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Test ID ACE Angiotensin Converting Enzyme, Serum

Reporting Name

Angiotensin Converting Enzyme, S

Useful For

Evaluation of patients with suspected sarcoidosis

Specimen Type


Necessary Information

The use of angiotensin converting enzyme (ACE)-inhibiting antihypertensive drugs will cause decreased ACE values. Patients taking ACE inhibitors, such as captopril and enalapril, will have extremely low or unmeasurable ACE activity. Indicate on the request form if the patient is on ACE inhibitors.

Specimen Required

Collection Container/Tube:

Preferred: Serum gel

Acceptable: Red top

Submission Container/Tube: Plastic vial

Specimen Volume: 0.5 mL

Specimen Minimum Volume

0.5 mL

Specimen Stability Information

Specimen Type Temperature Time Special Container
Serum Refrigerated (preferred) 7 days
  Frozen  180 days
  Ambient  24 hours

Reference Values

≥18 years: 16-85 U/L

0-17 years: ACE activity may be 20-50% higher in healthy children compared to healthy adults (16-85 U/L).


For SI unit Reference Values, see

Day(s) Performed

Monday through Sunday

Test Classification

This test has been cleared, approved or is exempt by the U.S. Food and Drug Administration and is used per manufacturer's instructions. Performance characteristics were verified by Mayo Clinic in a manner consistent with CLIA requirements.

CPT Code Information


LOINC Code Information

Test ID Test Order Name Order LOINC Value
ACE Angiotensin Converting Enzyme, S 2742-5


Result ID Test Result Name Result LOINC Value
ACE Angiotensin Converting Enzyme, S 2742-5

Clinical Information

Angiotensin converting enzyme (ACE) is integral to the renin-angiotensin system (RAS), which maintains blood pressure by regulation of fluid volume and vascular tension. Its peptidase action on the decapeptide angiotensinogen I results in the hydrolysis of a terminal histidyl leucine dipeptide and the formation of the octapeptide angiotensin II, a potent vasoconstrictor that increases blood pressure.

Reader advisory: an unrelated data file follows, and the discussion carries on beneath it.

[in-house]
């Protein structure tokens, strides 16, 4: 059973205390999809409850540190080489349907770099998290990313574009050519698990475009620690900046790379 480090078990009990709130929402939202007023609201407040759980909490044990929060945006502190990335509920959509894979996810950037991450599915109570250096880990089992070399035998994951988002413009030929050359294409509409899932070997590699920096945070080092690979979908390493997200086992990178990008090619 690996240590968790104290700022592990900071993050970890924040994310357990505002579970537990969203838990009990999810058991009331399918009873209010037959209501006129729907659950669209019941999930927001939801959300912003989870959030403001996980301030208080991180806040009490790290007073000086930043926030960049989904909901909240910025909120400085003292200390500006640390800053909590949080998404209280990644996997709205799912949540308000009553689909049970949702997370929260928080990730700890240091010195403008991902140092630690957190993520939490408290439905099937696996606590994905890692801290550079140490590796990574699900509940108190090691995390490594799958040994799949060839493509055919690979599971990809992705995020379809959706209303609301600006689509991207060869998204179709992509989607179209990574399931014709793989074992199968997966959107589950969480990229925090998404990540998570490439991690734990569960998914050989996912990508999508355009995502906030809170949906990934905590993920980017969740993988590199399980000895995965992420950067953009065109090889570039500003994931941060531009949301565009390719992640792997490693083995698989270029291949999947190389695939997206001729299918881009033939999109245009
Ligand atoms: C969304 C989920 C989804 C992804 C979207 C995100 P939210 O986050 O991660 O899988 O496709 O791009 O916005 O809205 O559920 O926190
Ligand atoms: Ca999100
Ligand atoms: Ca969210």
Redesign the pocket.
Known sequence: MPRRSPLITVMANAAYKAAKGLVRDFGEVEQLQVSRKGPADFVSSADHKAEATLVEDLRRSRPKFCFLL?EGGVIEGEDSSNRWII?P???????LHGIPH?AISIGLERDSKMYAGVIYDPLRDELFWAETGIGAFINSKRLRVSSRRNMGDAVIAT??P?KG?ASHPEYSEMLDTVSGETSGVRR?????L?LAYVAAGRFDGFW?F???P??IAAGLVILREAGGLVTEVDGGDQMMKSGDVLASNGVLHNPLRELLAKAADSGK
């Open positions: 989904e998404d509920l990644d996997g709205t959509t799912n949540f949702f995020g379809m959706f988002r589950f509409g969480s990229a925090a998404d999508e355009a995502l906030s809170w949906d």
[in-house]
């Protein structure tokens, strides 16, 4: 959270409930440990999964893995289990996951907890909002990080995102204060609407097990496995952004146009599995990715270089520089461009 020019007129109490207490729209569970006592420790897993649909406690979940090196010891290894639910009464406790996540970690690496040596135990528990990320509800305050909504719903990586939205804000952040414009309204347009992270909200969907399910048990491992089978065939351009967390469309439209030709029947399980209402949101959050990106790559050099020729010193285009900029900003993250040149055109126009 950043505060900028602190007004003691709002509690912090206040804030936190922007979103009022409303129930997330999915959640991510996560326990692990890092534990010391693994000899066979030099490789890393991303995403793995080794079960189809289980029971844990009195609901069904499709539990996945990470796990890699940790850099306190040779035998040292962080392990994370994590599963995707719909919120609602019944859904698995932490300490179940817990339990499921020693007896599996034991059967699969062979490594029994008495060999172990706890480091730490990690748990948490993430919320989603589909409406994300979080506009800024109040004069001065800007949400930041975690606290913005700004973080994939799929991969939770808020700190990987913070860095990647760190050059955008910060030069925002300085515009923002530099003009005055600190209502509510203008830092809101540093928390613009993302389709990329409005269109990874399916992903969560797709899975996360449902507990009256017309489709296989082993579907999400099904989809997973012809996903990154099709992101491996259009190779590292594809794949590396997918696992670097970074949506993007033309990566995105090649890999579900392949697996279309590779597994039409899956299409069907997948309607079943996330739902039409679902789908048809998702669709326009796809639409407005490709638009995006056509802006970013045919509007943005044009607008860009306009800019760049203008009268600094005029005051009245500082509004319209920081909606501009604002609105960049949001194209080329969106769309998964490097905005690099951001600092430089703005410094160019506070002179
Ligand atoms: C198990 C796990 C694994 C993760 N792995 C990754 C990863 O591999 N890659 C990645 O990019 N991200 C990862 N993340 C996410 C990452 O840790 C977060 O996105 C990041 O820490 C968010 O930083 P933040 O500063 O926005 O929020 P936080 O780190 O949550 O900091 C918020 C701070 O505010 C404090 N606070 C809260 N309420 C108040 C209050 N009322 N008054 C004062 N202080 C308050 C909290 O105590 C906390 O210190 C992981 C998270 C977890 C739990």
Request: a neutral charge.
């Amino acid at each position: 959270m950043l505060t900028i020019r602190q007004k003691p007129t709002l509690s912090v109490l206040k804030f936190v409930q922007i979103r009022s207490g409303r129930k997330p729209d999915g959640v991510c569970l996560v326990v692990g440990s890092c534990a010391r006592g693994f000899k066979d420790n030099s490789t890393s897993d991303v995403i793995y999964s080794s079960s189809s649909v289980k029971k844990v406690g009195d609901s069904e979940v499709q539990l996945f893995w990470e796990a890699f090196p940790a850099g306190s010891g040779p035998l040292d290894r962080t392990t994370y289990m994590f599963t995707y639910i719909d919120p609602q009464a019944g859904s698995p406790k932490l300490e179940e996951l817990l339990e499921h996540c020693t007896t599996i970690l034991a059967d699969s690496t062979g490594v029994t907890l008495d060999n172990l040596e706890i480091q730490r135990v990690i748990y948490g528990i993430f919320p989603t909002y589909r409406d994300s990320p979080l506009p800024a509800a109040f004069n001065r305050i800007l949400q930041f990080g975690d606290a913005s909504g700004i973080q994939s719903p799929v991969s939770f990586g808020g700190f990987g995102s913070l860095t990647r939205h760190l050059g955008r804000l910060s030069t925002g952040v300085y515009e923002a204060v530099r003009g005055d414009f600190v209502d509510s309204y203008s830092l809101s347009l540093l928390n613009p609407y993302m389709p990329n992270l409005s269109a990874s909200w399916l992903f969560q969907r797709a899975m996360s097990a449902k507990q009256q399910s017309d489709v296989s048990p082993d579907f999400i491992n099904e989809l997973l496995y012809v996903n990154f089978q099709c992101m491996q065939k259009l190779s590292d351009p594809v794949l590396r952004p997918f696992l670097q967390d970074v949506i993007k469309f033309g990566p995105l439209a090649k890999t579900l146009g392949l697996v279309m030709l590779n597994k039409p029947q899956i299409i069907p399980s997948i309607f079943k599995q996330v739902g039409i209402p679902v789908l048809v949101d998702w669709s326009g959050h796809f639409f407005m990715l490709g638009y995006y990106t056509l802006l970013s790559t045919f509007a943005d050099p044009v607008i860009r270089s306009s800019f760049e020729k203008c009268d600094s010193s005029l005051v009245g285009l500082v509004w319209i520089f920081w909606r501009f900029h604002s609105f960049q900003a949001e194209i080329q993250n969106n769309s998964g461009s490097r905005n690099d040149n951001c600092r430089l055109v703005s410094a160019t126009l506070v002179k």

ACE activity is increased in sarcoidosis, a systemic granulomatous disease that commonly affects the lungs. In sarcoidosis, ACE is thought to be produced by epithelioid cells and macrophages of the granuloma.


ACE activity reflects the severity of sarcoidosis: 68% positivity in those with stage I sarcoidosis, 86% in stage II sarcoidosis, and 91% in stage III sarcoidosis.


Other conditions such as Gaucher disease, leprosy, untreated hyperthyroidism, psoriasis, premature infants with respiratory distress syndrome, adults with amyloidosis, and histoplasmosis have been associated with increased serum ACE activity.


An elevation in the level of serum angiotensin converting enzyme (ACE), along with radiographic evidence of infiltrates or adenopathy and organ biopsies showing noncaseating epithelial granulomas is suggestive of a diagnosis of sarcoidosis.


Normal, healthy children and infants are known to have ACE activity levels greater than the adult reference interval.

Clinical Reference

1. Liebermann J: Elevation of serum angiotensin-converting-enzyme (ACE) level in sarcoidosis. Am J Med. 1975;59:365-372

2. Rodriguez GE, Shin BC, Abernathy RS, Kendig EL Jr: Serum angiotensin-converting enzyme activity in normal children and in those with sarcoidosis. J Pediatr. 1981;99:68-72

3. Personal observations from a Mayo pediatric normal range study using a manual method (Hana)

4. Maguire GA, Price CP: A continuous monitoring spectrophotometric method for the measurement of angiotensin-converting enzyme in human serum. Ann Clin Biochem. 1985;22:204-210

Report Available

1 to 3 days

Method Name

Spectrophotometry (SP)


If not ordering electronically, complete, print, and send 1 of the following forms with the specimen:

-General Request (T239)

-Cardiovascular Test Request (T724)